To reinforce the idea that the Catera is a Cadillac different from any other, a Cadillac that zigs instead of zags, the car has taken to the racetrack.
The Catera is entering its second season as the PPG pace car for the CART circuit, America's premier open-wheel race series. The Champ cars (which had been called Indy cars until the CART-IRL split) run 17 events at road courses, street circuits and ovals in the United States, Canada, Australia and Brazil.
Cadillac, which traditionally steers clear of racing, saw the opportunity to have the Catera serve as a pace car as a cost-effective, high-profile way to promote the Catera without becoming involved in a full-fledged, costly racing program.
The Catera is the first Cadillac in the competitive and growing entry-luxury category, which includes the Lexus ES 300 and BMW 3 series. The European-built Catera is based on the Omega built by General Motors' Opel operations in Russelsheim, Germany. It is aimed at a younger, sportier-minded buyer than those who typically purchase Cadillacs.
'The opportunity with PPG allows us to demonstrate the capabilities of the car in an environment appealing to the market we're targeting without getting into a racing program, which is expensive and not practical for a small portion of a division's product line,' says Dave Shelton. Shelton, Cadillac's distribution manager for the central region of the United States, is in charge of the program.
He noted that the Catera marks a complete departure from traditional Cadillacs. Exposing potential customers to this new kind of Cadillac is challenging.
'The pace car program was an excellent opportunity to put the car in front of potential buyers who won't go to a Cadillac showroom to see the car because they have the mindset of a Cadillac as an old Fleetwood,' says Shelton. 'At races, the Catera is shown with BMW and Mercedes pace cars. And the demographics of people attending races are the people we want to market to with the Catera.'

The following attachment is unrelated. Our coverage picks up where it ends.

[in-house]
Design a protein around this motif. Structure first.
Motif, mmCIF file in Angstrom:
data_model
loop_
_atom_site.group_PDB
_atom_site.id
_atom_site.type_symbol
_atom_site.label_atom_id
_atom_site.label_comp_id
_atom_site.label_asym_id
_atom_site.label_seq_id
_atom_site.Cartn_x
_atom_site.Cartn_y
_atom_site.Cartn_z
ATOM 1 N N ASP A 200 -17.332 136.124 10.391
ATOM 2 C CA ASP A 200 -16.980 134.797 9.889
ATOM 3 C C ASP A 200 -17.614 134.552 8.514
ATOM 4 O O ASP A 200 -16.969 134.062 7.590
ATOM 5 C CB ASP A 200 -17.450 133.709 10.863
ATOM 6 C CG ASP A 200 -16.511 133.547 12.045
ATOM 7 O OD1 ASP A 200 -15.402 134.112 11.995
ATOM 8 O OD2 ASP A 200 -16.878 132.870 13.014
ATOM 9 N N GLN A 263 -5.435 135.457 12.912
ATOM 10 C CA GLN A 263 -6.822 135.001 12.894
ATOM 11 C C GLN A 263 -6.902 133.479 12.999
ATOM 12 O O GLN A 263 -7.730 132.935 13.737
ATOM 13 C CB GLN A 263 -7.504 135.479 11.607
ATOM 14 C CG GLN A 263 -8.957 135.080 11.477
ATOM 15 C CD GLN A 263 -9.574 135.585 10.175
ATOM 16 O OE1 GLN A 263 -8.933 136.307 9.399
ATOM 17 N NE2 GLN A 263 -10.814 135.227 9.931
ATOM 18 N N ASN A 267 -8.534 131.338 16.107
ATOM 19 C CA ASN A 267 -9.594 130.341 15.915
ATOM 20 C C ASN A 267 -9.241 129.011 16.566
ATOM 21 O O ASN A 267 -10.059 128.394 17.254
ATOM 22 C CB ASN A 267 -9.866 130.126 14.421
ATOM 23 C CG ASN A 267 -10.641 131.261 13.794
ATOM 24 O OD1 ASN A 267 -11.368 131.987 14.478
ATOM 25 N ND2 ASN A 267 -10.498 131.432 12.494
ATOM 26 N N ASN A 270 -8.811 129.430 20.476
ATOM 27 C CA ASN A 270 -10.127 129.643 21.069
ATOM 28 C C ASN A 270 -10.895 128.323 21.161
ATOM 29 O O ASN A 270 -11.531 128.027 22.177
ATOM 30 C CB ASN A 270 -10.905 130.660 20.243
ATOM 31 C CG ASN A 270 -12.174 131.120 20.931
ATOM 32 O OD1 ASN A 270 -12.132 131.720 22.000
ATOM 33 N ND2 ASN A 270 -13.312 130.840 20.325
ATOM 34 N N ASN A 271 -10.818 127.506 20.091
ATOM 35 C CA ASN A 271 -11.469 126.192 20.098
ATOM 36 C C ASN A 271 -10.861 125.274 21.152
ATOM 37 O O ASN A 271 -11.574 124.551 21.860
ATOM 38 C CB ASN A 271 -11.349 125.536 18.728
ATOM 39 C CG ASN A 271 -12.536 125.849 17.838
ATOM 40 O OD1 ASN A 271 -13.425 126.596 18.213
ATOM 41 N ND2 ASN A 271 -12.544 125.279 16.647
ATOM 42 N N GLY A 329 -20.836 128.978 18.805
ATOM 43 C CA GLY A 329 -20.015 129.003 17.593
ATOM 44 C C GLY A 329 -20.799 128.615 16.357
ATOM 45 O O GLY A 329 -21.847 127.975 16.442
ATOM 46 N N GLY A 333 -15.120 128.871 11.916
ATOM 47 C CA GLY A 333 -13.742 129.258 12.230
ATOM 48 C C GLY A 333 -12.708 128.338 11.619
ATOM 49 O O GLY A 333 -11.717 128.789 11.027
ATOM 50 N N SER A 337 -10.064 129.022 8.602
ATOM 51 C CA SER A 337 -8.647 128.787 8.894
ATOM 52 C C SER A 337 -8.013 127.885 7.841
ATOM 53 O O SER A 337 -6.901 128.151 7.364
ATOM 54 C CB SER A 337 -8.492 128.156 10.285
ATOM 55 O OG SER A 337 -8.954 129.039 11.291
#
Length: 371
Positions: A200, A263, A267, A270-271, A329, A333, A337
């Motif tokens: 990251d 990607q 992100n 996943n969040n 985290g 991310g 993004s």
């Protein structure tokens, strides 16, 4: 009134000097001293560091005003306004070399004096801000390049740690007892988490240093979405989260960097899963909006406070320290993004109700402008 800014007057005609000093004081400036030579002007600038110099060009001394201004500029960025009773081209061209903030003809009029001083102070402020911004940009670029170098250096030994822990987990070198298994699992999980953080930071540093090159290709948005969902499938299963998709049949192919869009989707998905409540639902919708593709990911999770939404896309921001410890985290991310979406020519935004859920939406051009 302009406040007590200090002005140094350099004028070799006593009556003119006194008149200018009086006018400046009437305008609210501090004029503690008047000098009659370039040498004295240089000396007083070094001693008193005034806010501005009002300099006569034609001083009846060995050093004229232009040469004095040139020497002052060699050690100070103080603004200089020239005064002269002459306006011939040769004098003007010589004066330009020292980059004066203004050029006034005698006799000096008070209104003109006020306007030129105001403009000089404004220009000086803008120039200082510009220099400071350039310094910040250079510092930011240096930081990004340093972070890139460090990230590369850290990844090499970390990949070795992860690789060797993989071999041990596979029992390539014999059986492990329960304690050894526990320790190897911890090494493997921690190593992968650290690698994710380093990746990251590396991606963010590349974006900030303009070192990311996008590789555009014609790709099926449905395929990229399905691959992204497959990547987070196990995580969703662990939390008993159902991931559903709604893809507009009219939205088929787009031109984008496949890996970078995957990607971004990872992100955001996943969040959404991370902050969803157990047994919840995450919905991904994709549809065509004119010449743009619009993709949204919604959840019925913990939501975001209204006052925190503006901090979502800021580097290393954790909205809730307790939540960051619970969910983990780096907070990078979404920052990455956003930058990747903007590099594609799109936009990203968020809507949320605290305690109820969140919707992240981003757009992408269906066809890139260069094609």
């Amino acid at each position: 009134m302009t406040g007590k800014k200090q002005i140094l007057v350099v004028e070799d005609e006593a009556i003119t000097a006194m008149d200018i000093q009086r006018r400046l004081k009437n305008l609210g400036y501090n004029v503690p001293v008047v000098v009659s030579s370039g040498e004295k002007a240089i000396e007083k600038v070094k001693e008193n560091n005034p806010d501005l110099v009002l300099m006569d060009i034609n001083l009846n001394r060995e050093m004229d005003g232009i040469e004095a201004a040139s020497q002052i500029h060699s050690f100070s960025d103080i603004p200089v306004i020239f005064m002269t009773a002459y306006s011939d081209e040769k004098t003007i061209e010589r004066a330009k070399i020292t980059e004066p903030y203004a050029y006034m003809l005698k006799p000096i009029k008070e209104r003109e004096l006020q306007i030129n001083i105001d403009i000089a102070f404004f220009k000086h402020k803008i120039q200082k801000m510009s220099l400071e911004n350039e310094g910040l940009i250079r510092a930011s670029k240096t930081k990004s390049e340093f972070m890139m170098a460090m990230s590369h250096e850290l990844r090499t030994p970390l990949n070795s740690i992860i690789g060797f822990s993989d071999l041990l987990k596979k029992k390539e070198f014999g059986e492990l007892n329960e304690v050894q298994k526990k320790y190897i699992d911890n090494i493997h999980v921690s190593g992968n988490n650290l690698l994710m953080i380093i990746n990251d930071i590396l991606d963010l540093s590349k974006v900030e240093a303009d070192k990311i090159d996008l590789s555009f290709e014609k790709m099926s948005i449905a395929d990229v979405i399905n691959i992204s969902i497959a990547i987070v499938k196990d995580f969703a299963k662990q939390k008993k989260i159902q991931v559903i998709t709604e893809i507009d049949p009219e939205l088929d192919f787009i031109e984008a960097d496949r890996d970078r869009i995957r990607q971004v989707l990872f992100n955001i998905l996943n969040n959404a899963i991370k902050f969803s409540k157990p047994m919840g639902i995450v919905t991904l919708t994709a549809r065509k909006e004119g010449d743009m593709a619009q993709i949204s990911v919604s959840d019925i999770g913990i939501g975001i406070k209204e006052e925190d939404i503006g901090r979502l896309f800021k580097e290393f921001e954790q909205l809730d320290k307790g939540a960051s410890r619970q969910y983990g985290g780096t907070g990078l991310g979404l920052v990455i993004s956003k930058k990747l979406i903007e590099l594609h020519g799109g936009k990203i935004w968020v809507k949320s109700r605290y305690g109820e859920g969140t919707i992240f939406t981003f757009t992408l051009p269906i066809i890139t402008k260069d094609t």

WOMEN AT THE WHEEL
The PPG pace cars are driven by the world's top female race drivers. They lead the Champ cars on warm-up laps and do parade laps between races. The Catera was aimed at and has successfully hit its target market of largely women buyers.
Mike Sack, PPG director of sports marketing, says the Catera has been an ideal pace car: nimble, quick and responsive. 'It has a European aura,' he says. 'People who see it can't believe it's a Cadillac.'
The pace car itself is not radically different from an off-the-showroom-lot Catera. The most noticeable exterior difference is its Magenta Candy paint. The engine is a standard Catera V-6, though the engine block has been cast thinner to reduce weight and handle additional heat. The displacement has been increased to provide added power. The pace car engine is a 3.3-liter rated at 240 hp instead of the production version's 3.0-liter producing 200 hp. The pace car's top speed exceeds 150 mph; the production version tops out at 125 mph. The engine's compression ratios are increased; the rear axle ratio is modified somewhat as well.
In addition to appearing on the track, the Catera pace car stars in advertising featured in motorsports, lifestyle and women's magazines. It has its own Web page. The pace cars are also used for promotional purposes by dealer groups.
Indianapolis dealers last year invited 500 owners of vehicles that compete with the Catera to a program using the pace car at the Indianapolis Motor Speedway. More than 300 attended the event, which featured rides around the track in the Catera.
As a result of last year's success with the Catera pace car, Cadillac has received more requests from dealer groups to use the car in events. For instance, a dealer group in Lancaster, Pa., plans to use the car to pace a professional bicycle race.
The New York dealer group, after members read a cover story on the Catera PPG pace car in AutoWeek, a sister publication to Automotive News, developed a sporty edition of the Catera with aftermarket wheels, tires and flared rockers. The group is now selling the spiffed-up car.